The banana, a crop that can sustain its men… and women

The banana, a crop that can sustain its men… and women

in News

Mamadou Ciss, current Executive Secretary of APROVAG, celebrated his first 1,5 year as coordinator of the Association des PROducteurs de la VAllée fleuve de la Gambie (Gambia River Valley Producers’ Association). We decided to interview him to hear a direct account from the new coordinator of the banana producers’ organisation and a key figure in the project.

Rikolto has worked with APROVAG since 2007. The journey has not always been smooth but, despite the difficulties, significant progress has been made. These changes pose new challenges that Mamadou is ready to face.

Mr Ciss, you started working for APROVAG in September 2017, could you tell us a positive story that you remember especially since your arrival?

I’m not going to tell you the story of one event but of the role that women have played and still play in this project. Since my arrival I have noticed (and the technicians have confirmed), that the best bunches of bananas are obtained with women and elderly people. Women are best at applying agricultural best practice and packaging best practice.

Furthermore, their fighting spirit and their commitment to the project give me great courage. Since my first day, they have constantly supported me. When I feel discouraged, they reassure me - even if the project is ambitious, they are on my side and prepared to do their best.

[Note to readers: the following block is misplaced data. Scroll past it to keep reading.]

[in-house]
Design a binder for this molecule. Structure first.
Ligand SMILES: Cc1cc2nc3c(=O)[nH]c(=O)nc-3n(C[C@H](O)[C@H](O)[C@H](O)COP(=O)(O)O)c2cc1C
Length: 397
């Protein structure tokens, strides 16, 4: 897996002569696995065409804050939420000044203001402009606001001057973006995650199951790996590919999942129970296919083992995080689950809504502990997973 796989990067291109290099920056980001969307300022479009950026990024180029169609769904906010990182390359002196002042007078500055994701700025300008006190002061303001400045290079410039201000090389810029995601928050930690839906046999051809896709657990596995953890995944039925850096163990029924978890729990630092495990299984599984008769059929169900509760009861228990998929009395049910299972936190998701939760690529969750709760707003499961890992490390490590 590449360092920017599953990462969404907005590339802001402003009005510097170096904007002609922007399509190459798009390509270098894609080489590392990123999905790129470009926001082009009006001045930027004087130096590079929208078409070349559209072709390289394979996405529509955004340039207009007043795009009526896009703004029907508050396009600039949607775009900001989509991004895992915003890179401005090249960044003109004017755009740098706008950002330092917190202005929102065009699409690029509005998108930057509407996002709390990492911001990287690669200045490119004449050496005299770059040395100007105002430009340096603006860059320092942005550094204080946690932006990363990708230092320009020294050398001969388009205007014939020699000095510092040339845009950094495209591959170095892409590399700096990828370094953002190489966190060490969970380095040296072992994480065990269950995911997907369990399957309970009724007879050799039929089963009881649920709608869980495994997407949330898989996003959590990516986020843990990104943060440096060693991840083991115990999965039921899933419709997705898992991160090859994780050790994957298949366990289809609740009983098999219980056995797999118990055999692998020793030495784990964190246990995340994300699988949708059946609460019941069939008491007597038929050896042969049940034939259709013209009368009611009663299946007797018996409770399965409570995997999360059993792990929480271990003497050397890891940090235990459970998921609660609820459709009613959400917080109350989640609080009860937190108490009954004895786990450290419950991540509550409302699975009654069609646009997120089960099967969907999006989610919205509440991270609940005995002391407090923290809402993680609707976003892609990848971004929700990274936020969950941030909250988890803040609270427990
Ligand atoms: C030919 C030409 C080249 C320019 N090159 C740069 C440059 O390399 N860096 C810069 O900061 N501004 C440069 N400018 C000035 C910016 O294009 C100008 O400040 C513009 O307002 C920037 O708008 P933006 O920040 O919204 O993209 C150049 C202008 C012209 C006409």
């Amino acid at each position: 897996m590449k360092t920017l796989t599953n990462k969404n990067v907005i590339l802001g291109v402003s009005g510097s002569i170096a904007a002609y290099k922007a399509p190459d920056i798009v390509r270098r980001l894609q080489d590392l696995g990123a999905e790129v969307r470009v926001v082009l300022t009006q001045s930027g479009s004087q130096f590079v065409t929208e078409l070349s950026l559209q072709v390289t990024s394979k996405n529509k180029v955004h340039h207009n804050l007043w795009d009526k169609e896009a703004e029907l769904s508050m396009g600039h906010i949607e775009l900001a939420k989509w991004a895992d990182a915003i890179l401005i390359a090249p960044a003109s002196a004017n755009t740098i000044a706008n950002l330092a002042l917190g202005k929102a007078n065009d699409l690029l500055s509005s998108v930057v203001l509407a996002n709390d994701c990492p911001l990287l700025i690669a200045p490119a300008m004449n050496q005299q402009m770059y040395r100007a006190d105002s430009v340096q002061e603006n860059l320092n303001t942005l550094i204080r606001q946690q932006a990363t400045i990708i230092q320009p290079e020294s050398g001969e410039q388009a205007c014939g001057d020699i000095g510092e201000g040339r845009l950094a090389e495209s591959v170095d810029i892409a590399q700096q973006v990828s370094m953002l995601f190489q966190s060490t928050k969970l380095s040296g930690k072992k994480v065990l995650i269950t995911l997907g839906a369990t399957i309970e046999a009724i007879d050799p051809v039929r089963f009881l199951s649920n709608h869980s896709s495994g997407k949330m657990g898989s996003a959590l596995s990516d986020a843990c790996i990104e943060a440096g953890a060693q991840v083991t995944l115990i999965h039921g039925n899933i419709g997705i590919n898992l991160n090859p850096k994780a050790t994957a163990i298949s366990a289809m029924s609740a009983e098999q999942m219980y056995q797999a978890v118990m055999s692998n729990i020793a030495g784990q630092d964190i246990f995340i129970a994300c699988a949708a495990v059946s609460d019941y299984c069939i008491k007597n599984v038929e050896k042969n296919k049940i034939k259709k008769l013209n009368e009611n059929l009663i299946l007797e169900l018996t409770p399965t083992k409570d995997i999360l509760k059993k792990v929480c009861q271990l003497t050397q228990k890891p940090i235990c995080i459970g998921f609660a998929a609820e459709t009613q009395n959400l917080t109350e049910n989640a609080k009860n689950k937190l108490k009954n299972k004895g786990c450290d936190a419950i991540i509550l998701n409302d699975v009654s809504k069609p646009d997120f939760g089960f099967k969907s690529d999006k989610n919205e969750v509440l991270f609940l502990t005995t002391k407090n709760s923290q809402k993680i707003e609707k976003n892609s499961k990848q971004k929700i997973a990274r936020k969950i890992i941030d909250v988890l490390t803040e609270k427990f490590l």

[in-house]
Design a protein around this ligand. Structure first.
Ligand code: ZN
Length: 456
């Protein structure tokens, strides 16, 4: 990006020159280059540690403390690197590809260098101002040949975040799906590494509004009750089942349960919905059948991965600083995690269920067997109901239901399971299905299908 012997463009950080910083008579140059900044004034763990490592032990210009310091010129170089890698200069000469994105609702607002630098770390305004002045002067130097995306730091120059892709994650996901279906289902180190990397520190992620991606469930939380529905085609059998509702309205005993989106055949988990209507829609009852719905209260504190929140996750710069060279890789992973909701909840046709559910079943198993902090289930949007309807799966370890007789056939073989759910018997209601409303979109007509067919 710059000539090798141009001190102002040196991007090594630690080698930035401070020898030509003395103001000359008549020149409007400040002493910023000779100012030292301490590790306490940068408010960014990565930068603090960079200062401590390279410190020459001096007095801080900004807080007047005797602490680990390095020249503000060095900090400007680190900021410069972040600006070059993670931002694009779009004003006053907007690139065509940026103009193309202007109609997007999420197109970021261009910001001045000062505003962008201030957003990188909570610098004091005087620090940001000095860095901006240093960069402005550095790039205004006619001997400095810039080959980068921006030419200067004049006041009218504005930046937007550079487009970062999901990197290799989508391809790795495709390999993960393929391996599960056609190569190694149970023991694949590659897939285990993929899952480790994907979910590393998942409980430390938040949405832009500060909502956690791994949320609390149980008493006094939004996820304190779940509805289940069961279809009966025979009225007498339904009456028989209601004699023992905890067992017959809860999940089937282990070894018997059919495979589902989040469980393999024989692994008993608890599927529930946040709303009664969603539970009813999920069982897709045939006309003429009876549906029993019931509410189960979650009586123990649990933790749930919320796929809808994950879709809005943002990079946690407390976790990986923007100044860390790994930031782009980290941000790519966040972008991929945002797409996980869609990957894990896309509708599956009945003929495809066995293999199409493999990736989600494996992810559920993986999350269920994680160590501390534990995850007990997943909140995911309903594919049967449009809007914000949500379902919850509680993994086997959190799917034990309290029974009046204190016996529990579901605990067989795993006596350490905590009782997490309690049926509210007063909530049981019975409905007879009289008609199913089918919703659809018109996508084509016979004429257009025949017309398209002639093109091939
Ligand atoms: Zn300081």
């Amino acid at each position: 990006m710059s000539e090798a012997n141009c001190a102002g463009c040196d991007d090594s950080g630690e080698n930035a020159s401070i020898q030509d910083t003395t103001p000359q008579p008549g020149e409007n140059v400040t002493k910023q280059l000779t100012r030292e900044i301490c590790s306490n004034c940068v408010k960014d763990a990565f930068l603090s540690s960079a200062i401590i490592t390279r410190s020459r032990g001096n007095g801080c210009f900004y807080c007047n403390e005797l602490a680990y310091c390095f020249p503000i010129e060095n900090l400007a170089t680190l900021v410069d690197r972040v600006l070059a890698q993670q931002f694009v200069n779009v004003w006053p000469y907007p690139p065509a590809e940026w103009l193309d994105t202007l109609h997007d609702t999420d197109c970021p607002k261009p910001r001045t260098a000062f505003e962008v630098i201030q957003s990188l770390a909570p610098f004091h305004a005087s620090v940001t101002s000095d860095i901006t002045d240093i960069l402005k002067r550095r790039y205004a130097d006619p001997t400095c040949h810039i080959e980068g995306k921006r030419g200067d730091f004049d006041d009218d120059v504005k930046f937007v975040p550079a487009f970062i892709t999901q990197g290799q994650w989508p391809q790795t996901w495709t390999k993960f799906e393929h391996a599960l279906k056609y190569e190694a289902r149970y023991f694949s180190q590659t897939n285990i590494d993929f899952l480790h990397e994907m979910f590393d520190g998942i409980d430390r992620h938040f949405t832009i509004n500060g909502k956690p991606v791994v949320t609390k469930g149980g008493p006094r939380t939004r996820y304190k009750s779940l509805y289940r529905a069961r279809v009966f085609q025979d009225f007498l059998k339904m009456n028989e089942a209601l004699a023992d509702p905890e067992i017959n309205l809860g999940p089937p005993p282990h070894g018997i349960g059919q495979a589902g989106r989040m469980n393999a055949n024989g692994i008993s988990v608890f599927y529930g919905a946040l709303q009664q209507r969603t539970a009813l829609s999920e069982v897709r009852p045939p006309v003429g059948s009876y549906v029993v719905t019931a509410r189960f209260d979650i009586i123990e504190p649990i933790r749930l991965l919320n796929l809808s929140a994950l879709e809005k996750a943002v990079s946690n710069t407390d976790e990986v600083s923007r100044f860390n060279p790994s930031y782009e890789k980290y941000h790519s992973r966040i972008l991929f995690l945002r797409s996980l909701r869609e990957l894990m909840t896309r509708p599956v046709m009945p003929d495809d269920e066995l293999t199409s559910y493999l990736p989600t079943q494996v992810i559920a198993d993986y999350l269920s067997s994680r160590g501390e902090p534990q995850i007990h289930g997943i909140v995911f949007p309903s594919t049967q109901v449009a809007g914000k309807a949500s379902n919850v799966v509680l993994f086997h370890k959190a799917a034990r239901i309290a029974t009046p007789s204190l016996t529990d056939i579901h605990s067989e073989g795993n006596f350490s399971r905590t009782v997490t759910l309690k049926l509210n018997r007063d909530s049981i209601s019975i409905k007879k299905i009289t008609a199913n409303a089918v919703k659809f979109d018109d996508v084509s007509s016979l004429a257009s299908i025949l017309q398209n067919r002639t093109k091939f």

Could you tell us what Rikolto’s major achievements were for APROVAG in 2018? What are you most proud of?

The most significant changes have been in terms of strengthening abilities. Different people improved their abilities thanks to training sessions. Our finance team was trained on how to use a new software program that enabled us to have a much more reliable accounting system. A team of technicians was trained on modern and more efficient production and irrigation techniques; the new sprinkler irrigation system that was adopted enables farmers to reduce their presence in the plot and gain time for other activities. And finally, more than 200 producers received training on packaging best practice through decentralised training.

We received support in drafting a business plan for a profitability study on the composting unit and we launched a study on compost characterisation in collaboration with the Ecole Nationale Supérieur d'Agriculture (ENSA). This activity will eventually enable us to produce better quality compost.

Also, Rikolto facilitated the acquisition of the equipment (irrigation equipment, 2 motor pumps, 1 tractor and 1 compost turner) needed to carry out our agricultural work.

Beyond the improvement we achieved this year in terms of professional training, one of the things we are most proud of from 2018 is the resumption of the packaging process in Sankagne in October 2018. The packaging station had stopped its activity because of a dispute between those involved (members of the GIE and APROCOP staff – see foot of page). Rikolto and Horizont3000, another partner, played an important role in mediation between the parties, which led to activity being resumed.

APROVAG put 250 T of bananas on the market in 2016 and 350 T in 2017, but with the crisis in 2018, only 126 T were marketed.

What are the major challenges for a successful future programme and what needs to be improved further?